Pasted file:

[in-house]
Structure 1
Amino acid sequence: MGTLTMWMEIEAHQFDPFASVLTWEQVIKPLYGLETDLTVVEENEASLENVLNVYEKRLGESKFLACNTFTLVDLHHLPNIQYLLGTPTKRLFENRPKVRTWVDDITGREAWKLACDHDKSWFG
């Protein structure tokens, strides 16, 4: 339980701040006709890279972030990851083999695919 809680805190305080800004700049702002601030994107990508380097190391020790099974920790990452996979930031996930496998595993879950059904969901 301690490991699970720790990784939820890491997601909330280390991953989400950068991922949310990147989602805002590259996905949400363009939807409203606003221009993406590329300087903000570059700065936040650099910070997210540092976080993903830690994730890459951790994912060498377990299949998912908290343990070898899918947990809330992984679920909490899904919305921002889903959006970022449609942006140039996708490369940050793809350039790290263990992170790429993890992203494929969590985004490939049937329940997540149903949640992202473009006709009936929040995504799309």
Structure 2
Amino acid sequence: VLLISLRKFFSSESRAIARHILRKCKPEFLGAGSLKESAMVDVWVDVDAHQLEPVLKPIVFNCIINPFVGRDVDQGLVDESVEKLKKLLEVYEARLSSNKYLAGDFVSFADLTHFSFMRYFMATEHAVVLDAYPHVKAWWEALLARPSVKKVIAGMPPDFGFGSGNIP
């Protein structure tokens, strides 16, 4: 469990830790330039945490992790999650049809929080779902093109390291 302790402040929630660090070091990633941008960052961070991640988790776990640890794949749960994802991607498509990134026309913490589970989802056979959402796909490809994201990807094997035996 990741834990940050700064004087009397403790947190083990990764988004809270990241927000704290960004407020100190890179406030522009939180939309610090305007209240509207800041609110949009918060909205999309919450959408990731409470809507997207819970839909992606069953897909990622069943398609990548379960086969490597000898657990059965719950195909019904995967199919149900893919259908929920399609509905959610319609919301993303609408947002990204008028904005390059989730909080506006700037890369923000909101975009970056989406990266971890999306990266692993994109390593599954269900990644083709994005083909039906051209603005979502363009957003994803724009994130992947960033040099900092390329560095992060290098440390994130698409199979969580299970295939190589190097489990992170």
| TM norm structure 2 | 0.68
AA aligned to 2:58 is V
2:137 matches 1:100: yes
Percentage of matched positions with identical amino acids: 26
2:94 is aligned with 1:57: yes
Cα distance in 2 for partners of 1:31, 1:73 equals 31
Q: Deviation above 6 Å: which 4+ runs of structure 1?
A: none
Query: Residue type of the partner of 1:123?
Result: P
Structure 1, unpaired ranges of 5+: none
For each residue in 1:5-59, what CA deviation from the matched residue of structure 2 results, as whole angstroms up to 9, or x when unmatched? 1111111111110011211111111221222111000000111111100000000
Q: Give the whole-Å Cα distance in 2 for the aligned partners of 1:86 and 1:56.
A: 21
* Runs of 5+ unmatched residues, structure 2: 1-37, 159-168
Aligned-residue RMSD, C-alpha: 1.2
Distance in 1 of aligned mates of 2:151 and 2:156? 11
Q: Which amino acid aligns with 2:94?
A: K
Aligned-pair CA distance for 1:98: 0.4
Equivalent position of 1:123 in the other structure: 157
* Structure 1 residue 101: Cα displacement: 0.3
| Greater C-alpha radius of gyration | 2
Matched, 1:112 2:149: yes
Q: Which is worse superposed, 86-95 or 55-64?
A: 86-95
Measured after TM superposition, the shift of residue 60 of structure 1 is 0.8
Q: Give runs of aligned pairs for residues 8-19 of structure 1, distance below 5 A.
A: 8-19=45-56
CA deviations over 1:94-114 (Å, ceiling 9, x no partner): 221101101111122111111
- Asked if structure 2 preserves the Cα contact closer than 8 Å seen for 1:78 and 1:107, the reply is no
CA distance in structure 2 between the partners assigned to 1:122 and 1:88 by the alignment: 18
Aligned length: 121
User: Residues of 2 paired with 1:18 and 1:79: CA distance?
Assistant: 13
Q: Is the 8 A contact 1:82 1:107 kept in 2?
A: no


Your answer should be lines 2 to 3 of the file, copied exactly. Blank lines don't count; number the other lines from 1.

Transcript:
Structure 1
Amino acid sequence: MGTLTMWMEIEAHQFDPFASVLTWEQVIKPLYGLETDLTVVEENEASLENVLNVYEKRLGESKFLACNTFTLVDLHHLPNIQYLLGTPTKRLFENRPKVRTWVDDITGREAWKLACDHDKSWFG